When you finish pouring the Hi-C for the kids, your job may not be done -- at least if Rosebrand Products has anything to say about it. Time to pour your dog his Juicee Treat, a new "soft drink" for canines intended to overcome doggie boredom.
This latest contender for the pet owner's dollar consists of a few simple ingredients: water, two B vitamins, corn sweetener, citric acid and red dye. Too bad color-blind canines can't appreciate its "beefy" red color. Then again, dogs can't read the accompanying pamphlet, "How Would You Like to Drink Nothing But Water All Your Life." And who knows whether the sheep dog on the bottle's label is a dog's ideal of beauty, but she certainly looks cute to the human consumer.
The Juicee Treat message is clearly aimed at the hand that feeds the hound. Your dog, after all, doesn't have to lug the 32-ounce glass bottle home in his market bag, or put up the 99 cents, the retailer's suggested price, to pay for this new pet drink.
"The only thing nutritious in there are the two B vitamins," says Dr. Peter Glassman, a veterinarian at the Friendship Animal Hospital in the District, who views the drink's content and claims with skepticism. "If you are feeding your dog with regular dog food, it very likely has been vitamin-fortified. If you leave water out, the dog will . . . drink as much water as he needs."
Carol Graham, president of Rosebrand Products, the New York-based manufacturer of Juicee Treat, emphasizes the drink's nutritional value, but says the product appeals to many customers because of "the interest that people have in their pets. They view them as surrogate children."
The Juicee Treat buyer is "the pet owner who wants to get his dog something special," says Graham's husband and Rosebrand board chairman Donald Jacobs. Graham and Jacobs maintain that if parents can buy special drinks for their children, why not enable doting pet owners to buy "something special" for their four-footed dependents?
The dog-juice duo may be barking up the wrong tree in Washington, however. While Hi-C, Kool-Aid and other people drinks continue to sell well in area supermarkets, local consumers are not lapping up the similar concept for their dogs.
"As far as we're concerned, it's discontinued," says Safeway public affairs manager Ernest Moore. "We don't sell even one container per store per week," in fact, the entire chain was selling less than a case per week. To move the remainding bottles of Juicee Treat from its shelves, Safeway has marked down its stock of the drink to 79 cents. As of early May, Safeway was the sole area retailer of the product; now Rosebrand is looking for other area outlets for its dog juice.
"It's a very frustrating situation, but one that can be rectified," said Jacobs, who was recently in town with his wife to boost interest in their product, which has been on the shelves since late November. "We plan to go into a very heavy educational campaign. The stores don't even know about it."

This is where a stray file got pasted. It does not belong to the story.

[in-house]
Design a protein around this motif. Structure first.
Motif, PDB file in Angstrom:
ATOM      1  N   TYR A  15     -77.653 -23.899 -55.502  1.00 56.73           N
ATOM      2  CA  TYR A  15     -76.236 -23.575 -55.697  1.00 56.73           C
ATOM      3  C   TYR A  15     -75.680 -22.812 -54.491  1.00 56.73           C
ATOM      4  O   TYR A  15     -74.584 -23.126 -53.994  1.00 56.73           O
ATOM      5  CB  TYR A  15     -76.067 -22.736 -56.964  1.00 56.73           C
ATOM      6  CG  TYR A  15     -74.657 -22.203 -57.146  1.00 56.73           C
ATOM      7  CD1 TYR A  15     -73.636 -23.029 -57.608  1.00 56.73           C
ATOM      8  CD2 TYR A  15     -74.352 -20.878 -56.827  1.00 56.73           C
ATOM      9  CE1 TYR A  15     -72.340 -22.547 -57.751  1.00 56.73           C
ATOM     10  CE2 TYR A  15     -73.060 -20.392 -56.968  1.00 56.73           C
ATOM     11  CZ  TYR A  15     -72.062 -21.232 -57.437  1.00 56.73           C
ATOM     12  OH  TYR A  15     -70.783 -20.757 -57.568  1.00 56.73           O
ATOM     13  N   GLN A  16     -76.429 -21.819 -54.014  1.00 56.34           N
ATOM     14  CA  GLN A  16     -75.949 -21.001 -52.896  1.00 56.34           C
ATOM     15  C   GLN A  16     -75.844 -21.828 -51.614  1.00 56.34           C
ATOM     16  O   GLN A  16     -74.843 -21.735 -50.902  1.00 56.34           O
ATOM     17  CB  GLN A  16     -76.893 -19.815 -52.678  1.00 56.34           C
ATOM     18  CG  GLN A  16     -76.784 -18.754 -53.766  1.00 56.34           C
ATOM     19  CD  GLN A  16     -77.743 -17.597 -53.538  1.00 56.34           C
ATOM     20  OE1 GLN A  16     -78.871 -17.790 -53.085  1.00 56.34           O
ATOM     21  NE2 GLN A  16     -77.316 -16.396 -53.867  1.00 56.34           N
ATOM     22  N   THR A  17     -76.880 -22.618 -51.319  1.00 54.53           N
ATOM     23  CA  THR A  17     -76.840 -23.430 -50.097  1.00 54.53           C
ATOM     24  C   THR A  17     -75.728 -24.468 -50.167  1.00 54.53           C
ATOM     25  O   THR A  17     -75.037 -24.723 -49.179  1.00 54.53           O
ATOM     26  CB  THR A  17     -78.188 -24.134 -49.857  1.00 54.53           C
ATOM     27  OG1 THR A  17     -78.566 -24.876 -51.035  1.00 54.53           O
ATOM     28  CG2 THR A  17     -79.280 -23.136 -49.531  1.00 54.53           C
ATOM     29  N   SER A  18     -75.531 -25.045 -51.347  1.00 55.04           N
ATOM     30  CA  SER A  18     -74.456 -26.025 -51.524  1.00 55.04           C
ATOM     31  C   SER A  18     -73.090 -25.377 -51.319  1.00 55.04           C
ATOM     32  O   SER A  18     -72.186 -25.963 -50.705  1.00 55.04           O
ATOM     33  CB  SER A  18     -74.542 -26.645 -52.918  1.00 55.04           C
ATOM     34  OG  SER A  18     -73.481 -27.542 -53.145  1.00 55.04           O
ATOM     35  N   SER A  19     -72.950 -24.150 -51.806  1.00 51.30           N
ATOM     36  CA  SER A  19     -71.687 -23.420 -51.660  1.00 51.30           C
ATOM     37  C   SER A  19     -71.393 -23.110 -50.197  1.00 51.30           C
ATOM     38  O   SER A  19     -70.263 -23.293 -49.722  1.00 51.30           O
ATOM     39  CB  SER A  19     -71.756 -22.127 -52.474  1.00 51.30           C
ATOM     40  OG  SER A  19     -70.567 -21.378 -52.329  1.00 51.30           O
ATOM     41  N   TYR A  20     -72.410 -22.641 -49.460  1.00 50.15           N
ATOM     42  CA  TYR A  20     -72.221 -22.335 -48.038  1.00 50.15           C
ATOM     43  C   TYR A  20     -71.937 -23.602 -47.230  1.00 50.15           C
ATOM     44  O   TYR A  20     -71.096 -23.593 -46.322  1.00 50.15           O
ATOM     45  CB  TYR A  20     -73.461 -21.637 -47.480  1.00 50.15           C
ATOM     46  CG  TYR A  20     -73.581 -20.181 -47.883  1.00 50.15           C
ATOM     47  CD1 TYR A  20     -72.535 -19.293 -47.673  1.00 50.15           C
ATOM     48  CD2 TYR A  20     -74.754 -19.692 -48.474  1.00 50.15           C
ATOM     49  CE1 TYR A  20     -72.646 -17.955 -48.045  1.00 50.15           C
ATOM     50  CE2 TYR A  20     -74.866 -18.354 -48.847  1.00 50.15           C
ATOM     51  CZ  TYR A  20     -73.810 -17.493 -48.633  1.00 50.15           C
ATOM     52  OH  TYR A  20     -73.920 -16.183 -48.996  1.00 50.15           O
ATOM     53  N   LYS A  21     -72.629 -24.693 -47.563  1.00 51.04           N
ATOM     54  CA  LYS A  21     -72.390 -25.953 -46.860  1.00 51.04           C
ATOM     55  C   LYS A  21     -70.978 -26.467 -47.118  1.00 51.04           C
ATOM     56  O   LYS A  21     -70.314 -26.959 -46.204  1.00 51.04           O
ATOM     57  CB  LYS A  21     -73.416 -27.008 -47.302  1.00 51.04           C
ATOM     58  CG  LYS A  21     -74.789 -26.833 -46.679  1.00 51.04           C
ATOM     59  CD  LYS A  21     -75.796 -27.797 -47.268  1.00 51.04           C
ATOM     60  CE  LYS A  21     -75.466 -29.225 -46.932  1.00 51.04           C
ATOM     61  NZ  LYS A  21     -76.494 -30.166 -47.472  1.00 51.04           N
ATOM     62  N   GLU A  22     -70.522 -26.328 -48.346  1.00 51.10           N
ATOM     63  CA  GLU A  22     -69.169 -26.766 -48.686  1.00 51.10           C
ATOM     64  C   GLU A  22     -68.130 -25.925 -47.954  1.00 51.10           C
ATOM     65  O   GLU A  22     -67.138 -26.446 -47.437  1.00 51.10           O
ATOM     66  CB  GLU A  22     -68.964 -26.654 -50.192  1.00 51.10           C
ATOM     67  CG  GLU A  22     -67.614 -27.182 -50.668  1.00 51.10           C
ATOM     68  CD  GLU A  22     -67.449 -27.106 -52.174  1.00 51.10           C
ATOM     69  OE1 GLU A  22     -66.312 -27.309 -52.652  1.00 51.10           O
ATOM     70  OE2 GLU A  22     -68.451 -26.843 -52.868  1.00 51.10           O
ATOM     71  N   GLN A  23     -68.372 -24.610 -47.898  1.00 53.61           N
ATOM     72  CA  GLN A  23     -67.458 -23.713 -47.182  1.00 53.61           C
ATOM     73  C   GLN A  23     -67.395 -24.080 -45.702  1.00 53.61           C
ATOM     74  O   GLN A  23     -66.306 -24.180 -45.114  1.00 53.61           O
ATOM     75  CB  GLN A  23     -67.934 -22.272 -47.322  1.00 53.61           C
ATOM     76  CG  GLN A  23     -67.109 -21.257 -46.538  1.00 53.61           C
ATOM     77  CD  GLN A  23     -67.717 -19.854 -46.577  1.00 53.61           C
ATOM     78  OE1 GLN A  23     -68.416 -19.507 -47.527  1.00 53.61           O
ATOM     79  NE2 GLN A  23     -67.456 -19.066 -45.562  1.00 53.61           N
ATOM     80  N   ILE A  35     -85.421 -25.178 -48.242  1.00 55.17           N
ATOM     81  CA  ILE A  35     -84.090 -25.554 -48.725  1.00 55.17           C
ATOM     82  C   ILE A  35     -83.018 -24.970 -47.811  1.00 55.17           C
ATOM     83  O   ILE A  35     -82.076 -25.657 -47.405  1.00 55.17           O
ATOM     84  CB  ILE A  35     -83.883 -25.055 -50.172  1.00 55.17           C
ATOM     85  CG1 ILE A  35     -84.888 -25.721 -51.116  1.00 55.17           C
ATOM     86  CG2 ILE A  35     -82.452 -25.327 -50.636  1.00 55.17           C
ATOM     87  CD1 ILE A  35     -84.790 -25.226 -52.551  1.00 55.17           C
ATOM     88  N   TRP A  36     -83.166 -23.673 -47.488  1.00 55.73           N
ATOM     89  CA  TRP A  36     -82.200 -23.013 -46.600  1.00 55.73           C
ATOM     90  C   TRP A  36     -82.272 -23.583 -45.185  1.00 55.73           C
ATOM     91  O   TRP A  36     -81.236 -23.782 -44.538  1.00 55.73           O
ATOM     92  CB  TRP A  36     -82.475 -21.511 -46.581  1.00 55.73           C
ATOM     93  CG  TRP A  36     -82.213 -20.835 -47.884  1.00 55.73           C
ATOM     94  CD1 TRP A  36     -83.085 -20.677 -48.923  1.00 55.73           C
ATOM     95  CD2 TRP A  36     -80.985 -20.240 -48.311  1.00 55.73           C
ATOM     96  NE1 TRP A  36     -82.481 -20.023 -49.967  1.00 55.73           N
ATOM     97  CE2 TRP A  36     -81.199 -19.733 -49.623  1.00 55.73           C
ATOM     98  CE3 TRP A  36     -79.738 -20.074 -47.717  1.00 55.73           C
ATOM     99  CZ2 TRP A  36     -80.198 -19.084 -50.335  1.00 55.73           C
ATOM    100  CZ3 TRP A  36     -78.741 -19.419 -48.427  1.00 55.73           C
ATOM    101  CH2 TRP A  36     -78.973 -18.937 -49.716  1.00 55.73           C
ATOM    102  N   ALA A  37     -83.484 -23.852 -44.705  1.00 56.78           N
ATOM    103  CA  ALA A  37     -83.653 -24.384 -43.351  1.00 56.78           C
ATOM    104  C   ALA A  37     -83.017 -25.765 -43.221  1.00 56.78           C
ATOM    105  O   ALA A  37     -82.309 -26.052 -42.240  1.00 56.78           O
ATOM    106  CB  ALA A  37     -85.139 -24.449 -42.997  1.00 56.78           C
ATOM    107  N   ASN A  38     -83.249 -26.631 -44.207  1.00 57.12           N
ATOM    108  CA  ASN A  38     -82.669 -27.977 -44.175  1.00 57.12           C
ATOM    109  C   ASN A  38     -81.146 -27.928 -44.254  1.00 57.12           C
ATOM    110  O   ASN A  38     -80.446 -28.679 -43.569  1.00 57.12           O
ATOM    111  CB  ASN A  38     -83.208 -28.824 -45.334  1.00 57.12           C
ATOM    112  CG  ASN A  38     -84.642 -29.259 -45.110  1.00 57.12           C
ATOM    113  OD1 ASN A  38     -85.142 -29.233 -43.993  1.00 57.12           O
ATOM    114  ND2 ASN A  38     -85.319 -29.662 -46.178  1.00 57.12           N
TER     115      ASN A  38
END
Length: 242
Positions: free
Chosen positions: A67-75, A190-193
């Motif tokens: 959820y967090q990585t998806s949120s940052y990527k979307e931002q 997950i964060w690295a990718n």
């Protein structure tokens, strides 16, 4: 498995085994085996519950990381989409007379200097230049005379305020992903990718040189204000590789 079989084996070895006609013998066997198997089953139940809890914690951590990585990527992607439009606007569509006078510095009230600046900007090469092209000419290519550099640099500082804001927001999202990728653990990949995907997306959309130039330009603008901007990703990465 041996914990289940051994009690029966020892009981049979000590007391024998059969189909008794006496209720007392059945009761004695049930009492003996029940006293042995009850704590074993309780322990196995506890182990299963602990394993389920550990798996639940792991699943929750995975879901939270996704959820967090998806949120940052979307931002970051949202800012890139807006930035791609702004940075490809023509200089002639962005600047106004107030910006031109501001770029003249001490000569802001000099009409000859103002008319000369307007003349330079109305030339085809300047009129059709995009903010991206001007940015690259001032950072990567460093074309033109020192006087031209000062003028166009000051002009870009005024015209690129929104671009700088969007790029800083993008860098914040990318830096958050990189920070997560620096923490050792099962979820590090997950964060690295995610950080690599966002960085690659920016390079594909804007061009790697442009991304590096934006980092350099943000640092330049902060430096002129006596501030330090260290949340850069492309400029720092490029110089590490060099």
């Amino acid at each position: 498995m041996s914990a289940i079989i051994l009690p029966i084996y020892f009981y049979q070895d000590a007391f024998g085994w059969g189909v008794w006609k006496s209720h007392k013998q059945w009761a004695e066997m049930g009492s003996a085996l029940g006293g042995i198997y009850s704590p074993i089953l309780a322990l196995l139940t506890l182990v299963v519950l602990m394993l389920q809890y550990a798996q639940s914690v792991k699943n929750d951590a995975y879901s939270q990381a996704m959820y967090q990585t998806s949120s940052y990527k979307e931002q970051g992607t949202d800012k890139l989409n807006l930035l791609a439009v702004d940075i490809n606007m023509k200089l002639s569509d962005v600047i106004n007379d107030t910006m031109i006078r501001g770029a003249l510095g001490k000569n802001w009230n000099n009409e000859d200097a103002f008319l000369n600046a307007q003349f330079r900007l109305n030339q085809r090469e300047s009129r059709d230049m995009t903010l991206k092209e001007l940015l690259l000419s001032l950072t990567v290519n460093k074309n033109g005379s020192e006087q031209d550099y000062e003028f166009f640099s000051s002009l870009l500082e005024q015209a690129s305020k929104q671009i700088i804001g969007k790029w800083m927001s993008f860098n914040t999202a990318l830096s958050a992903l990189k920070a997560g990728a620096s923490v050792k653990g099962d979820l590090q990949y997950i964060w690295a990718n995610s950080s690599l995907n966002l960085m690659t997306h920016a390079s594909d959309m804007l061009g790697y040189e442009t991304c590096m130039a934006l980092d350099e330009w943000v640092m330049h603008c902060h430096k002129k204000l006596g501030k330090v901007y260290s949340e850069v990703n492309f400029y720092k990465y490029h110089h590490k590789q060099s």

"They've been stocking it near the mineral waters," added Graham, describing a local Safeway's misconception of the product. Graham is quick to assure anyone interested in the product that water used in Juicee Treat is "terrific," but the product, she stresses, belongs on the pet food shelf with other pet products.
Getting Juicee Treat there has taken Graham's 20 years of Madison Avenue advertising experience and five years of hard labor and hard sell. Graham originally tried to sell her dog drink idea to pet food companies -- Carnation, Alpo, Ralston Purina -- but it was rejected because, she says, the product did not promise the volume of sales they sought. "So I said I'd do it myself," she declared.
"Originally I planned six-packs, but everything is in boxes and cans on the pet-food shelf," said Graham. Her designer convinced her to bottle the treat. "We're the only people in glass on the shelf," she proudly said.
"We planned something like Gatorade," said the veterinarian/animal nutritionist who concocted the mixture. "But we do not know enough about animals' nutritional losses," he said. So instead of creating a vitamin-packed health drink like Gatorade, he concocted a dog drink similar to Hi-C, adding to it two B vitamins which he said are present in most dry and canned dog foods found on the pet food shelf.
Finally, to determine just how well canines would take to the drink, Juicee Treat underwent palatability tests last August. According to Graham, the first panel of 45 dogs of "all shapes and sizes actually preferred Juicee Treat."
Preferred Juicee Treat to what?
"Those dogs selecting the flavor would actually wait until their bowls were refilled even though plain water was available to them," reported Dr. Thomas Willard, president of Resource Coordinators, the research firm that performed the tests. In subsequent tests of 30 more dogs, he said, they also preferred the drink rather than room-temperature water.
In the face of flagging sales in the area, what will become of the doggie drink?
According to Willard, the idea of developing a palatable liquid for dogs is an original and useful one, perhaps for administering medication or for other therapeutic purposes. He believes they have introduced a product that might inspire a take-off for more serious purposes in veterinary medicine.
Right now, Graham and Jacobs are determined not to let their efforts die. "When you're the tail end of the dog, like we are in this product line," said Jacobs, "you have to get out there and really work."